Are expensive speakers worth it?

High-end speakers look and sound better than the more affordable alternatives, but no one needs them -- or an iPhone 5, BMW or the latest digital camera.

I worked as a high-end audio salesman for 16 years and spent another 16 reviewing audio products. Here's what I learned: The very best gear is always expensive. Sure, there are occasional examples of affordable products that are remarkable, but they never get remotely close to what true high-end gear can offer. Beyond price the main thing that separates high-end companies from mass-market brands is high-end designers are all about maximizing performance. Mainstream audio companies rarely try to make the best possible sounding gear. They know that features, wireless connectivity, styling, compact size, cheap pricing, marketing, distribution, etc. -- are more important than sound to rack up big sales. A lot of affordable name brand speakers are actually pretty decent, but very few are memorable.

Steve Guttenberg/CNET

I'm a huge fan of Dayton Audio's beer-budget speakers and subwoofer because they are exceptional performers, but I'm a little concerned that some readers mistake my enthusiasm for these products as an outright endorsement. They're great, but a pair of $350 Music Hall Marimba speakers are way better than the Dayton B652s. The have more and better defined bass, superior midrange naturalness, and clearer, less tizzy treble. Is the Marimba 10 times better sounding than the B652? No, but the fastest Ferrari isn't 10 times faster than a Corvette, it's not even twice as fast, it's just a little faster, but the Ferrari has cache and more prestige than the 'Vette. Mercedes owners are pretty secure in their purchase, even when their car costs three or four times more than a Lincoln or Caddy.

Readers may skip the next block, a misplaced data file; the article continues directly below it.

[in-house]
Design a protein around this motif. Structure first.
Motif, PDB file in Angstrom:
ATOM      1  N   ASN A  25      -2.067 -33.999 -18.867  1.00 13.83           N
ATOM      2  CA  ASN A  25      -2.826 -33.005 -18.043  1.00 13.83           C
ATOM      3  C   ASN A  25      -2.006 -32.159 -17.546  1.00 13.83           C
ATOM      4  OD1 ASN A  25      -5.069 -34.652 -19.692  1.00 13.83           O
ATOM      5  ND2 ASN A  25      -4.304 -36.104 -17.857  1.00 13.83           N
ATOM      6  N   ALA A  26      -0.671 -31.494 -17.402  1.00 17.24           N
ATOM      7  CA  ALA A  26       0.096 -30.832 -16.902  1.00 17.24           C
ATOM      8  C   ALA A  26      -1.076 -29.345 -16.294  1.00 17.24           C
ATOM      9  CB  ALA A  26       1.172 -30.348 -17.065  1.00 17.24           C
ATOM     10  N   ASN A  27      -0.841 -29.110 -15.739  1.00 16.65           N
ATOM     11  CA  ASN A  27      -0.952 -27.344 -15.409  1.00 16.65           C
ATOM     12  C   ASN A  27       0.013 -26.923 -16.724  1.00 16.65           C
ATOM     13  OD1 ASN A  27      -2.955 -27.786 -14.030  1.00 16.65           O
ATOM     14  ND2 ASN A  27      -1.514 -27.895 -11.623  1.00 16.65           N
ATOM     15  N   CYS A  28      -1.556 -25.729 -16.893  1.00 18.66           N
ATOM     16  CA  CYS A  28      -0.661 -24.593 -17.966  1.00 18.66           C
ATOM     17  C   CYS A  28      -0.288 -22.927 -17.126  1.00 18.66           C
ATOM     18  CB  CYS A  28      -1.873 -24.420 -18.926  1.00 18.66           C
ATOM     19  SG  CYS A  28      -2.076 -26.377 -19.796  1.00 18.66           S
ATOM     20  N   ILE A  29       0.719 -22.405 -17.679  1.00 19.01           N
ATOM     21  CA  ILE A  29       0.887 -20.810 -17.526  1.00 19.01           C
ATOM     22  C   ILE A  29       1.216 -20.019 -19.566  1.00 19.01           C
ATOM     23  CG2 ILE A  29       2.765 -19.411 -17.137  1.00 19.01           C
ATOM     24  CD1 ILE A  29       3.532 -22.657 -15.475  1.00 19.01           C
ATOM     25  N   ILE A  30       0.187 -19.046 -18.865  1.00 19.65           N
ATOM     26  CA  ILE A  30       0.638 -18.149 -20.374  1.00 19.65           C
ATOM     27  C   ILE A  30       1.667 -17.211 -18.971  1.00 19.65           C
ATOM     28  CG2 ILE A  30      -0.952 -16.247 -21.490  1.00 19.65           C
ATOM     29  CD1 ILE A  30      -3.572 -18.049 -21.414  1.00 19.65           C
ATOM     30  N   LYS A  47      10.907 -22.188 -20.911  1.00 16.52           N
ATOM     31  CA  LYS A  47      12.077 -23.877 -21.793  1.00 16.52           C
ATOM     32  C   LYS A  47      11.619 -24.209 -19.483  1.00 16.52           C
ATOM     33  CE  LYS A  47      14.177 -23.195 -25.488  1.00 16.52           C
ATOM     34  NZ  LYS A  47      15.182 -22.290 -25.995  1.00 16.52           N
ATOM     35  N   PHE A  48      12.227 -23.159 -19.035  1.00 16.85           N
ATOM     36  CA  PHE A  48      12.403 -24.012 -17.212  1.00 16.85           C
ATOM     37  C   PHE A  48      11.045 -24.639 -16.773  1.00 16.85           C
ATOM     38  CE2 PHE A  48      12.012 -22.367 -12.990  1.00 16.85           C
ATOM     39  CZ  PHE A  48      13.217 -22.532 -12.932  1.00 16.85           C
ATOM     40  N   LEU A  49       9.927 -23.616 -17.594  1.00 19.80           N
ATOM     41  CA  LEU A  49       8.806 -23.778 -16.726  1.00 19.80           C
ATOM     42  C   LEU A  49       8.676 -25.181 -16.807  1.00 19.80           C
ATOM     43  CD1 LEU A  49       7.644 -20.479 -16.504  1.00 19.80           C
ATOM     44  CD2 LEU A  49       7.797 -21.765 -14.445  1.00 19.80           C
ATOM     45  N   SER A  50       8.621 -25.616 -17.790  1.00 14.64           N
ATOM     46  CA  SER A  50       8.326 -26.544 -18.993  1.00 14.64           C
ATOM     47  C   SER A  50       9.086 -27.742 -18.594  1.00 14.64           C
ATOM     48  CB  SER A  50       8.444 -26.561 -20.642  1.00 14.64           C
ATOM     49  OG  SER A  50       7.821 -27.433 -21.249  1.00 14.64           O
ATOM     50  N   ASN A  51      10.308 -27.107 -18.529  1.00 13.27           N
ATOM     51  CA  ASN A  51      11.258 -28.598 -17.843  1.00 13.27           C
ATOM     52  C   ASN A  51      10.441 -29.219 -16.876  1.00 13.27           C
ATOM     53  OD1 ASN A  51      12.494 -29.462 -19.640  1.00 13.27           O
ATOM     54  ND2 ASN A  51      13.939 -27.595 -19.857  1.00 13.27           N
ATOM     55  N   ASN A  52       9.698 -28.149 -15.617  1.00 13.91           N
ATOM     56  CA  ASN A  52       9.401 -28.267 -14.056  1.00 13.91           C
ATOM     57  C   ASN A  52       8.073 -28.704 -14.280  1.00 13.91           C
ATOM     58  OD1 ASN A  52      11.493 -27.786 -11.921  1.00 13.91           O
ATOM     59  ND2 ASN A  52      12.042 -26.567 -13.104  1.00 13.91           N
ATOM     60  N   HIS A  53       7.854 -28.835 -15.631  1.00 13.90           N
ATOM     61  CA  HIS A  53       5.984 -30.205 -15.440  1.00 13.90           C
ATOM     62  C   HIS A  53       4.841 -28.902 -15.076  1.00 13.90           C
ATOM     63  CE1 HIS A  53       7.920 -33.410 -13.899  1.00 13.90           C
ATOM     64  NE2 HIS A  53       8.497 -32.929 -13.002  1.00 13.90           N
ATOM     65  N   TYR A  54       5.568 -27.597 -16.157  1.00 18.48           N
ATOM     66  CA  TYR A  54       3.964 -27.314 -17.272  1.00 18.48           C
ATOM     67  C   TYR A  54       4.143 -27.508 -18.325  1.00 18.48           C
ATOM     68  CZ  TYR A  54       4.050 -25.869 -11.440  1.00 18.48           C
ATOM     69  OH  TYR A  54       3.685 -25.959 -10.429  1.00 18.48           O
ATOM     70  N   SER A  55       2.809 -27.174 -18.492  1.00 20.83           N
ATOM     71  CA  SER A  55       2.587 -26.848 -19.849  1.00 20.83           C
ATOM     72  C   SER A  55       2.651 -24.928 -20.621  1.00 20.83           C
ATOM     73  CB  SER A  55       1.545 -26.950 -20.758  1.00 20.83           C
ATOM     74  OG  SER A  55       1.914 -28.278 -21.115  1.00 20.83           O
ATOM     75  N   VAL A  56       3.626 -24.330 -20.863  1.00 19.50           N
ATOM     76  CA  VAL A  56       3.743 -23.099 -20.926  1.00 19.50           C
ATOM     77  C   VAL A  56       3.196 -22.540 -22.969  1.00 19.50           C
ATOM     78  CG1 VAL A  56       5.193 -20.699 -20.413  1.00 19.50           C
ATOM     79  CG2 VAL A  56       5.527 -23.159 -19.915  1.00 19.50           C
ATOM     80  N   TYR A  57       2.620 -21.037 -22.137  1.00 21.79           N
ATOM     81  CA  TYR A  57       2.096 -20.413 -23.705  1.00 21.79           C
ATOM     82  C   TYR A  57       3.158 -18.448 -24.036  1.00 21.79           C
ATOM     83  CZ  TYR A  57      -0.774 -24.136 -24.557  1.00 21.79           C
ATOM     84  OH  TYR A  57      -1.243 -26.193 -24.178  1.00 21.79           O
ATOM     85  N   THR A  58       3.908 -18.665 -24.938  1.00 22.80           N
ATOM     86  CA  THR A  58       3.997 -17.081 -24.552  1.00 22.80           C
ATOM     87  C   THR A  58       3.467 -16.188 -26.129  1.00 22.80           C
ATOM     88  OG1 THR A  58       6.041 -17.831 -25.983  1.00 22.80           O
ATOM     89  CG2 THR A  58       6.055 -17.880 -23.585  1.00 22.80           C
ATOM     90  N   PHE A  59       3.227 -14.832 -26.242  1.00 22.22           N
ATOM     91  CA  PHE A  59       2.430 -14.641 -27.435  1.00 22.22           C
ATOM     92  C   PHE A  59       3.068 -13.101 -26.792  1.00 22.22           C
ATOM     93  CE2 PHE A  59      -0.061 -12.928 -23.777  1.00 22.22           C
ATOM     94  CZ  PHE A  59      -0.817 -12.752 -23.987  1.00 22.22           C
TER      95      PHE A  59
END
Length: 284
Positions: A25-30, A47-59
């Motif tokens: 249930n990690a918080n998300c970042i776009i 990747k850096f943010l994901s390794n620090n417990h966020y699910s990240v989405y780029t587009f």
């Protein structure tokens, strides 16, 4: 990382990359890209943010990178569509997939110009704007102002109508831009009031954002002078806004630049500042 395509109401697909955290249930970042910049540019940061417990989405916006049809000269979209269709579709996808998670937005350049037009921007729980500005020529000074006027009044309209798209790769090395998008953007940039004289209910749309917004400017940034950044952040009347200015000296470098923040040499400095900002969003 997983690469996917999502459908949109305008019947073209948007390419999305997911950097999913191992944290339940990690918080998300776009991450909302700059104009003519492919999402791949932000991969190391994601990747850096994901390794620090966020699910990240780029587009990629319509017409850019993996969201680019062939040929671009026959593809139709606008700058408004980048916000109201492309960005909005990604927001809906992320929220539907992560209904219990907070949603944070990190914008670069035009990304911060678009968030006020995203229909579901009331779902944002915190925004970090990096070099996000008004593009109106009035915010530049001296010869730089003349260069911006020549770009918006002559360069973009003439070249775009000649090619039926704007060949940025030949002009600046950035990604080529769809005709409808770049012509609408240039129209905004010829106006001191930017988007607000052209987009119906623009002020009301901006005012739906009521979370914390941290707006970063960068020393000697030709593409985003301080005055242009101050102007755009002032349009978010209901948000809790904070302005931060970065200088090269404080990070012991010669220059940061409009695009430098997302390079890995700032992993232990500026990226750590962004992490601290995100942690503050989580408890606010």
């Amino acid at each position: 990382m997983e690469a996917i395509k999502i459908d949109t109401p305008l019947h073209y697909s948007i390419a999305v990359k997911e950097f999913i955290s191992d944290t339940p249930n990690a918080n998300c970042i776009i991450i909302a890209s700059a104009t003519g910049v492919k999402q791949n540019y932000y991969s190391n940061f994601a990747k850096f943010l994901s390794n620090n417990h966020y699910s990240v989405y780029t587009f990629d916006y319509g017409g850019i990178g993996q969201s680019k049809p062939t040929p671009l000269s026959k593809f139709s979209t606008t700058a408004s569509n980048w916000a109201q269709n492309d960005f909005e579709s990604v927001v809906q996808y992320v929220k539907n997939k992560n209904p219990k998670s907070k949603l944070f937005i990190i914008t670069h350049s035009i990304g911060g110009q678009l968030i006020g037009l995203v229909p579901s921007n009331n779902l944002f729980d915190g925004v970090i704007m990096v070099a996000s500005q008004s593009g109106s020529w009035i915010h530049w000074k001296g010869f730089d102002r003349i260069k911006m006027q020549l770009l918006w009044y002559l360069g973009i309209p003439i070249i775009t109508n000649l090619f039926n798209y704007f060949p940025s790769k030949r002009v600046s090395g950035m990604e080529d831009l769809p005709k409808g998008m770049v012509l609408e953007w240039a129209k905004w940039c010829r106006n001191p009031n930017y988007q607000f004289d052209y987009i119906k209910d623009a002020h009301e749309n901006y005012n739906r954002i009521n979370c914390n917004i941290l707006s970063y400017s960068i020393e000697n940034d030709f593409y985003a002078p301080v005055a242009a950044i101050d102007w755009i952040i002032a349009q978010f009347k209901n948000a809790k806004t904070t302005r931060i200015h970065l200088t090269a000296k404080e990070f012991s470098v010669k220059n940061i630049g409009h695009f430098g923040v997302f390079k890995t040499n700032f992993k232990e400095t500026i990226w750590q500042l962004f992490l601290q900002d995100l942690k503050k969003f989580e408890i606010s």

The Marimba is awesome, but the $1,000-a-pair GoldenEar Technology Aon 3s are even better, and the $1,500 KEF LS50 speakers are better still. And so it goes. The point of diminishing returns for sound quality versus price is pretty high, around the $1,000 a pair range. But trust me on this, if you can afford $2,000 speakers, you'll still hear a big difference. My $5,500 Magnepan 3.7 speakers are enough better to justify the price, but the $39,000 Raidho C 3.1 speakers I just wrote about blow the 3.7s away. So if you have a real passion for music and can afford investing in high-end speakers they're worth every penny.

What does better sound sound like? To me better means a sound that's closer to the real thing. Some of us are lucky enough to afford great cars, expensive wines, cameras, or vacations in exotic places. I don't give a hoot about those things, but I love getting ever closer to the sound of John Coltrane's sax or Jimi Hendrix' guitar. It's an incredible thrill to own a hi-fi that brings music to life.

About the author

Ex-movie theater projectionist Steve Guttenberg has also worked as a high-end audio salesman, and as a record producer. Steve currently reviews audio products for CNET and works as a freelance writer for Home Theater, Inner Fidelity, Tone Audio, and Stereophile.

 

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